Intent on Lent
Why do Roman Catholics forbid the eating of meat in the first place? If you ask practicing Catholics why they participate in this practice, most would say it is to commemorate the great love of Jesus where he gave up so much for us. Giving up something during Lent, especially meat on Fridays, is a small sacrifice to remind them of something so big. However, when one digs in a bit to Catholic teaching there are more nuanced reasons for the practice. In the 1960s the Church modified its requirement for Catholics to abstain from eating meat on Fridays all throughout the year and instead kept it in force during Lent (while still encouraging the practice to be observed year-round). In a statement issued by the National Conference of Catholic Bishops we learn more about the “why” of Lent: It has the “elements of popular piety which we bishops would wish to encourage.” In so doing they maintain confidence that “no Catholic Christian will lightly hold himself excused from this penitential practice.” And further, they note that this practice of piety on Fridays (during Lent or other times throughout the year) is “a time when those who seek perfection will be mindful of their personal sins and the sins of mankind which they are called upon to help expiate in union with Christ Crucified.”
Here we see another marked contrast. Roman Catholics see works that they do to help with expiation. Fusing together justification and sanctification, they see justification as a process: “Justification includes the remission of sins, sanctification, and the renewal of the inner man.” The good works that are done help with this work of expiation. By nature then it is an incomplete process.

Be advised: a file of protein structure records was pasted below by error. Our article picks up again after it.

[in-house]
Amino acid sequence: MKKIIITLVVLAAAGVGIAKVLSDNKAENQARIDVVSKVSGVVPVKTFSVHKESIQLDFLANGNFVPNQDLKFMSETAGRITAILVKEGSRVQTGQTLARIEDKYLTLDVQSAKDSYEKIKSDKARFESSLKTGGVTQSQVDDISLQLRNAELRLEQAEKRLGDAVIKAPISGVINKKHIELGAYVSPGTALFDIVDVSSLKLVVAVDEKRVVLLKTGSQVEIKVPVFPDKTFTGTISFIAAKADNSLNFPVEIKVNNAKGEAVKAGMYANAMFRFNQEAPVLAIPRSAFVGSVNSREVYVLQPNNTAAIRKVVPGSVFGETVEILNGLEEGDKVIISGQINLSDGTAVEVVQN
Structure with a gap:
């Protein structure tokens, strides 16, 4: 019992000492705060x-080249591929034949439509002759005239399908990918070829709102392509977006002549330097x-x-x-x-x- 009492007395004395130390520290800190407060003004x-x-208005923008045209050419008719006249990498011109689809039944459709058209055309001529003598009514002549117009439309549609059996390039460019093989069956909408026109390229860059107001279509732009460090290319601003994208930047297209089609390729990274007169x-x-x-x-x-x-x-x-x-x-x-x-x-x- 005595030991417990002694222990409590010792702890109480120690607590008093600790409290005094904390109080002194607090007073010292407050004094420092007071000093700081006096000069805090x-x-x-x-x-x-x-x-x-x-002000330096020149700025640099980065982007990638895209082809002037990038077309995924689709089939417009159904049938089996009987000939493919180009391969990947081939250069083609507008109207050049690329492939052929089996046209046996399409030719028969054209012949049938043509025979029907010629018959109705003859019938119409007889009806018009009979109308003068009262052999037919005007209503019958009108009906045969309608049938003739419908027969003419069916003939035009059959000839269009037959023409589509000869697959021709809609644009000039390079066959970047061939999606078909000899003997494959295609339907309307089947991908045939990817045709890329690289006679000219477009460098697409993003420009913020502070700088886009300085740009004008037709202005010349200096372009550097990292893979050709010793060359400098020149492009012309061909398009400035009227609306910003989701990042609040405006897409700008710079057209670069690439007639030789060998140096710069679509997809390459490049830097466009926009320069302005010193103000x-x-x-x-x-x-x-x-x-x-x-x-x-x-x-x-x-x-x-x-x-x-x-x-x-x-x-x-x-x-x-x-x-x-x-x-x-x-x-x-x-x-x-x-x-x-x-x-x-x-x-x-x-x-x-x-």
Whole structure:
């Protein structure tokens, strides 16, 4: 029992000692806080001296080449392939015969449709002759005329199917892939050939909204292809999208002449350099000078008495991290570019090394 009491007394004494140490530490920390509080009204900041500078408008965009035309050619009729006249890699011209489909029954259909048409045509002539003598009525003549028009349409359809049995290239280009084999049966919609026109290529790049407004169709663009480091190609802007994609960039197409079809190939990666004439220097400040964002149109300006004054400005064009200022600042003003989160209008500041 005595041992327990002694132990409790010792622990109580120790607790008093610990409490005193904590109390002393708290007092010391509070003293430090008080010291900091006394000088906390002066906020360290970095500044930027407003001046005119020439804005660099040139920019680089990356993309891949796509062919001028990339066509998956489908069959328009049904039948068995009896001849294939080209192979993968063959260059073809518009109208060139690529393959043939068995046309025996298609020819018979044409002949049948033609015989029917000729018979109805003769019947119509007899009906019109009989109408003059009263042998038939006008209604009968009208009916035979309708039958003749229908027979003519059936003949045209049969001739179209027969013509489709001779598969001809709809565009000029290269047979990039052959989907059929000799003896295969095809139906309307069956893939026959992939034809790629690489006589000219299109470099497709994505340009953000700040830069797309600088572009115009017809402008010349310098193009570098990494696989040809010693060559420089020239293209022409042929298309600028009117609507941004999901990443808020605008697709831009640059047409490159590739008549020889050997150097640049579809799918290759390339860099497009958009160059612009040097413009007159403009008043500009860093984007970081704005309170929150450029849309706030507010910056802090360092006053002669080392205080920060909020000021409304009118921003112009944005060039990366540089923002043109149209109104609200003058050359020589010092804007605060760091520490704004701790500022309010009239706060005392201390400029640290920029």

On the other hand, Protestants speak in terms of justification and the atonement as being already accomplished while sanctification is ongoing (Rom. 3:23-25, 5:1; Heb. 9-10; 1 Jn. 2:2). Rather than something that happens inside of us and is an ongoing process, Protestants believe that justification is a one-time, legal declaration of righteousness based upon the work of Christ alone, by grace alone, and received by faith alone. We also believe the atonement is a completed action. The two biblical words that get at the heart of the atonement are expiation and propitiation. Expiation has to do with the taking away our sin, and propitiation refers to the satisfaction of God’s wrath due our sin. The prefix “ex” means “out of” or “from,” so with expiation we are referring to taking something away. With propitiation we are referring to a change in God’s disposition towards us (from angry to propitious). In expiation what is taken away? The answer is sin. What is changed? It is God’s disposition toward us.